When a major earthquake struck the East Coast on Tuesday, residents were taken aback. Mobile networks and social media sites quickly overflowed with the traffic of users trying to confirm the extent of any damages. Thankfully, damages were minimal. The earthquake did, however, raise many questions about critical information and communication systems during times of disaster.
For example: How can we talk to each other during and after a weather emergency if towers and lines go down? Which technologies and media promise the most reliability? Who is reading our tweets when a crisis strikes? Are government agencies and emergency responders paying attention to Facebook more than to Google+ or Foursquare?
The American Red Cross has released a new survey that claims Americans are increasingly relying on the Internet and social media for disaster information. According to the Red Cross, 18% of Americans regularly rely on Facebook to obtain disaster information. The survey also claims that the Internet is the third most used medium to find out information about disasters—radio and television are more frequently used.
Facebook appears, by far, to be the most heavily used social media site for finding out disaster information. 91% of respondents polled over the phone and 78% of respondents online said they had used Facebook during natural disasters; another 25% of online respondents also used Twitter. Personal blogs, Flickr and tumblelogs such as Tumblr and Posterous lagged far behind.
A video teleconference on Facebook was held by the American Red Cross to discuss their findings. The conference had been planned a week in advance of the earthquake, and Hurricane Irene. Taking place at Facebook's Washington office, the event marks the Red Cross' first video teleconference on Facebook. Much of the discussion focused on the use of smartphone and Facebook applications to distribute emergency preparation information, with participant Stacy Elmer of the Department of Health and Human Services explaining how the agency has crowdsourced potential emergency preparedness apps.
The approach of Hurricane Irene—expected (as of press time) to be the most powerful storm to hit the East Coast in years—makes this an even more timely discussion to explore. Coastal states from the New England region to Florida are believed to be at risk for flooding and strong winds, with landfall anticipated in North Carolina Saturday.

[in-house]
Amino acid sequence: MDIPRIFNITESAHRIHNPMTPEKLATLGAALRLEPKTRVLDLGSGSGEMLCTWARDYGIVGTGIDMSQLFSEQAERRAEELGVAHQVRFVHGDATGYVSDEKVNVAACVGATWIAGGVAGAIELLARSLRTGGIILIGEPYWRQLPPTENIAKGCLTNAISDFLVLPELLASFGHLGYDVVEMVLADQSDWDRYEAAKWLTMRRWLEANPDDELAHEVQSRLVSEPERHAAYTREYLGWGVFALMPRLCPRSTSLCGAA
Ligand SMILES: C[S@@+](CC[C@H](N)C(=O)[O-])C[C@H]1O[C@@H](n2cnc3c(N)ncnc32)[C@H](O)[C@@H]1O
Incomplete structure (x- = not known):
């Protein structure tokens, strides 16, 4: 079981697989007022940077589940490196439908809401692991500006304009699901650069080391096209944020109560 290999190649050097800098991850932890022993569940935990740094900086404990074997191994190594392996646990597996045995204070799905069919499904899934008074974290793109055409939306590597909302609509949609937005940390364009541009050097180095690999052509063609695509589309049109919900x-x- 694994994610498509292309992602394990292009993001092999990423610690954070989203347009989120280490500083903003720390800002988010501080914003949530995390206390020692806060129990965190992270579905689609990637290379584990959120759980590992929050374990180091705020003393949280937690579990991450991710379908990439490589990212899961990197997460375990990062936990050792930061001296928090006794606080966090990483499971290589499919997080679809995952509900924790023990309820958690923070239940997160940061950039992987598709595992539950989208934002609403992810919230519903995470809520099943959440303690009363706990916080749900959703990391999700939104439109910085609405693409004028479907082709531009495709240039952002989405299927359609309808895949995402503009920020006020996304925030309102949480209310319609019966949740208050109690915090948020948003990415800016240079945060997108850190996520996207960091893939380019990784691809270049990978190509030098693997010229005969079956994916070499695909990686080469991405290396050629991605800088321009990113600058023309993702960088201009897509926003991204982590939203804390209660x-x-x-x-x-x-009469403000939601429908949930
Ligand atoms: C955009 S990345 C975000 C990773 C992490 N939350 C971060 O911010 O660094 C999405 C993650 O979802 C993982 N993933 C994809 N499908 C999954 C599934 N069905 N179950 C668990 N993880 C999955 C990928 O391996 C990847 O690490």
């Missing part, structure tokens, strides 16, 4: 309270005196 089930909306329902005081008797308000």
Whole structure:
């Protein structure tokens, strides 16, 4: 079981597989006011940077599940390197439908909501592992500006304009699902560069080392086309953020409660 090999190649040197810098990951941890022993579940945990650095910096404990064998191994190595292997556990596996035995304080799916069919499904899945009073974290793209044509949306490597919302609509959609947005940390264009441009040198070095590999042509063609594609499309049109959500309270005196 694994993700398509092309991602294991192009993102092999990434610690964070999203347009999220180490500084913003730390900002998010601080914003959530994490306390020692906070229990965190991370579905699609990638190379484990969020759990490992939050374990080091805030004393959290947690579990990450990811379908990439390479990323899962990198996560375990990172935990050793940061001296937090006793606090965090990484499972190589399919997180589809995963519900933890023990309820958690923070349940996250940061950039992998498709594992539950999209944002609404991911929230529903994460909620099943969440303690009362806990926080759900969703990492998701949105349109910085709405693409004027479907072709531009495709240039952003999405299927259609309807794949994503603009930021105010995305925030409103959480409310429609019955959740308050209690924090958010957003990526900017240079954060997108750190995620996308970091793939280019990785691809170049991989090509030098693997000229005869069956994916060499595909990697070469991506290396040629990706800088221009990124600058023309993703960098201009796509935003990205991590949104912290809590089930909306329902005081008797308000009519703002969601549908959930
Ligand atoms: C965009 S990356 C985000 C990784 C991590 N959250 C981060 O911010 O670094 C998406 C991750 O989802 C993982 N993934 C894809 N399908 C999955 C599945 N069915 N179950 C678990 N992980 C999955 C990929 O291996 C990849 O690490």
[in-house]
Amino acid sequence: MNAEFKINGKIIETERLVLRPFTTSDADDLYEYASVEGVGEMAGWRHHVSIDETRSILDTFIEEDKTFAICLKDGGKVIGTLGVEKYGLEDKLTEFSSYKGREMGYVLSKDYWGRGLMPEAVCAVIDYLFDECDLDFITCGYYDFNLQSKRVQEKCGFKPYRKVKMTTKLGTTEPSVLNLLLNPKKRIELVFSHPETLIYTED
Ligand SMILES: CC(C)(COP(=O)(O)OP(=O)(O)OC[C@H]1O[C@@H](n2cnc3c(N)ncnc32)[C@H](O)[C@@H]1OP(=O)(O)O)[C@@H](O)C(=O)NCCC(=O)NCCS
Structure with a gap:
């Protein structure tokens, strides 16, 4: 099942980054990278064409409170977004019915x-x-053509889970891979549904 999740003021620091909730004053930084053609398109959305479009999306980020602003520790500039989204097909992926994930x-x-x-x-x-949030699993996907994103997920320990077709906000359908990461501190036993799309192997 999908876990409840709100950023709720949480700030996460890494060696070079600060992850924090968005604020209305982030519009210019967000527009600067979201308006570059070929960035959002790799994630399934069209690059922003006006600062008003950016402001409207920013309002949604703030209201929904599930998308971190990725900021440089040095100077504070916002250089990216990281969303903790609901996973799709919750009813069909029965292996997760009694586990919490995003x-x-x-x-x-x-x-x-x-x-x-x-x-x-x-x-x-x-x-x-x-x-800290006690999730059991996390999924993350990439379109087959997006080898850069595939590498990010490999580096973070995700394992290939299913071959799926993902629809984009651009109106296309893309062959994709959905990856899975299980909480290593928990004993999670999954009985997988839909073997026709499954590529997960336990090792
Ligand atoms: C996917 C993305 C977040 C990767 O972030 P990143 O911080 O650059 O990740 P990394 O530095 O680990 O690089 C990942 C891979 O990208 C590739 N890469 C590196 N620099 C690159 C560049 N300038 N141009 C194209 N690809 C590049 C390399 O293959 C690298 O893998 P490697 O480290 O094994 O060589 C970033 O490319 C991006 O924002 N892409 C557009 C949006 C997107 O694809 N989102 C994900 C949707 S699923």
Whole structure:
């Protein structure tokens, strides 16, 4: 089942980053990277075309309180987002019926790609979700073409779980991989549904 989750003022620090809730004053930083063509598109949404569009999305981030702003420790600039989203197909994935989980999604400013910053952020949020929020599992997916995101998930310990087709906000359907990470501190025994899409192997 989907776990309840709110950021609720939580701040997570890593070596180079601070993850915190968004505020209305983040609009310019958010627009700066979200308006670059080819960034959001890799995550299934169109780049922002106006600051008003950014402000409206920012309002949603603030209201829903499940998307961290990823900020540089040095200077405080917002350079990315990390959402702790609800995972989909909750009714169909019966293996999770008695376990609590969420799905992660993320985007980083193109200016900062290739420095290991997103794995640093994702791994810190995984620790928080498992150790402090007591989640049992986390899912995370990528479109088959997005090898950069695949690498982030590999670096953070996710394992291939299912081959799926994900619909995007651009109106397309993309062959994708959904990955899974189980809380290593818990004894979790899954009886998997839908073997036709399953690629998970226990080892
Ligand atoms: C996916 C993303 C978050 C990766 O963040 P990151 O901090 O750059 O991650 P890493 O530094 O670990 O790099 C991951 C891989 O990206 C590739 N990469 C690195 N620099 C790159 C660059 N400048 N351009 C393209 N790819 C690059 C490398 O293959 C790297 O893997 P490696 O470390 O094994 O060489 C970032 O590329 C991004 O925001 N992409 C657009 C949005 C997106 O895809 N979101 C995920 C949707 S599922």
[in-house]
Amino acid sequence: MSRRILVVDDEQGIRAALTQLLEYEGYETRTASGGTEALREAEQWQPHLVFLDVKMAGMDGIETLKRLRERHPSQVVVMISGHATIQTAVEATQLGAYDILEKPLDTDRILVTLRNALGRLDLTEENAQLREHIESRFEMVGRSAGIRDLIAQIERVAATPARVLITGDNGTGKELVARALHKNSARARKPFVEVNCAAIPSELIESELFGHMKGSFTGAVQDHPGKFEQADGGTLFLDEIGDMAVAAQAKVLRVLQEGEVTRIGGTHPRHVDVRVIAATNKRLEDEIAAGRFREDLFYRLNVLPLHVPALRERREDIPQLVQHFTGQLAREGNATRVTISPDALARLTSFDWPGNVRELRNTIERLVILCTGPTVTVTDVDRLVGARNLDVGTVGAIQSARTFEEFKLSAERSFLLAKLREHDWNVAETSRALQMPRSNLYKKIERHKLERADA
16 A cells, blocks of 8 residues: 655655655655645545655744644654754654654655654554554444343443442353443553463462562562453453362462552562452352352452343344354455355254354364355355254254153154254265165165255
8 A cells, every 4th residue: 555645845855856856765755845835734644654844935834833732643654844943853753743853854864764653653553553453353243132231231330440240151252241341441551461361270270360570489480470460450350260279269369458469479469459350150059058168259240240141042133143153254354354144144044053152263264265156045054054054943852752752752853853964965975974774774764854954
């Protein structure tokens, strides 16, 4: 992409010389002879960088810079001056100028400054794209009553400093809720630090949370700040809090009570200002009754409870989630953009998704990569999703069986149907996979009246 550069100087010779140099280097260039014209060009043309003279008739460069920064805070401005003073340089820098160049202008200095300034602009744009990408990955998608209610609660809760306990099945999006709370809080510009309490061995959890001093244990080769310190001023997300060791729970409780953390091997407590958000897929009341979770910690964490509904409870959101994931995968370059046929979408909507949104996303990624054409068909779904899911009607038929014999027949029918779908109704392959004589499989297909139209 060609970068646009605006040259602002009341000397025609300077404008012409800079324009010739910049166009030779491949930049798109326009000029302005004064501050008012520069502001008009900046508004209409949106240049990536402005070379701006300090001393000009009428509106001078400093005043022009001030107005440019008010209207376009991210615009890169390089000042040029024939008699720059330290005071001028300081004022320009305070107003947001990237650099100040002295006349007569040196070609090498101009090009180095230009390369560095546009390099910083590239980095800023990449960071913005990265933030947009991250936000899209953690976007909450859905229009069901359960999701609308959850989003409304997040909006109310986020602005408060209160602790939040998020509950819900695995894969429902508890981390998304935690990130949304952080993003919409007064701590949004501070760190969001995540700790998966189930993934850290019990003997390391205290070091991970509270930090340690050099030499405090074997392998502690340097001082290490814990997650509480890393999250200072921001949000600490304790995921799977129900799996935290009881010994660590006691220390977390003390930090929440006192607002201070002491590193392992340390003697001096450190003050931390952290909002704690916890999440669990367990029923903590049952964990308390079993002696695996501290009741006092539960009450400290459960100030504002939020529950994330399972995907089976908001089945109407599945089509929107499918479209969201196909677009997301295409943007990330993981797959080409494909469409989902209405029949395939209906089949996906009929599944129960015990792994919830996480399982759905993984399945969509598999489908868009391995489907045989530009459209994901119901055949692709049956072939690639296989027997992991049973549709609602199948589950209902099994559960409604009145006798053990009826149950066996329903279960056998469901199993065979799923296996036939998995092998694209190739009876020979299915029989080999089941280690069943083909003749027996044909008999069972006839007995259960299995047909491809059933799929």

Due to the way mobile phone networks are designed, they cannot accommodate the added strain caused by extra callers post-disaster. Mobile phone outages were reported on September 11; they also frequently occur during natural disasters. Landline networks are at risk for a different reason—major disasters often result in damage to the physical infrastructure of the phone network. Following Tuesday's earthquake, FEMA's Rachel Racusen forwarded a statement to the media urging "that members of the public use email or text messages if possible to communicate for the next few hours, except in cases of emergency, so that emergency officials can continue to receive and respond to urgent calls."
For most people reading this article, FEMA's advice makes sense. The use of text messages, email, or social media services such as Facebook or Twitter during or after a disaster is second nature to wide swaths of the population. But for senior citizens, the poor, and people who simply don't have ready access to the Internet or a mobile phone to send text messages with, keeping tabs on friends and family post-disaster is difficult. Using text messages to check up on friends and families following natural disasters represents a significant financial expense for those living paycheck to paycheck or on a fixed income.
The Red Cross' survey reflects this. Respondents who use Facebook and the Internet to gather emergency information tend to reside in metropolitan areas and have both higher incomes and higher levels of education than other respondents. However, there was one interesting finding: Respondents with children in their households tended to be far more likely to use social media.
Keeping in contact via social media and text messages is wonderful in theory and works well during mild events such as the East Coast earthquake. But in genuine emergency situations such as Hurricane Katrina or the recent Mississippi River floods, the time delay caused by typing in SMS text messages or social media updates can cause risks to safety or property. As much as social media evangelists may claim otherwise, sometimes there is no substitute for voice-to-voice communication.
Instead, social media and text messaging are best suited for different roles during and following natural disasters or other emergency situations. Fast Company has written on the Army Corps of Engineers' use of Facebook to offer hyperlocal information to flood victims about flood risks, reconstruction, and insurance issues in their communities. During Hurricane Katrina, social media services were used to distribute aid to residents impacted by the disaster. When mobile phone lines were overloaded during the 2008 Mumbai terrorist attacks, SMS text messages helped relatives obtain information on the safety of hostages. Hotel guests who found themselves besieged by gunmen were able to establish an impromptu communications chain through the use of text messages.
Sadly, during emergencies, some people are "more equal than others" when it comes to communication. Older individuals, the less well-off, Luddites, and those who simply haven't acclimated themselves to the dubious joys of text messages, Facebook, or Twitter will face significant difficulties in keeping tabs on loved ones when the worst happens.
[Image: Talia Frenkel/American Red Cross]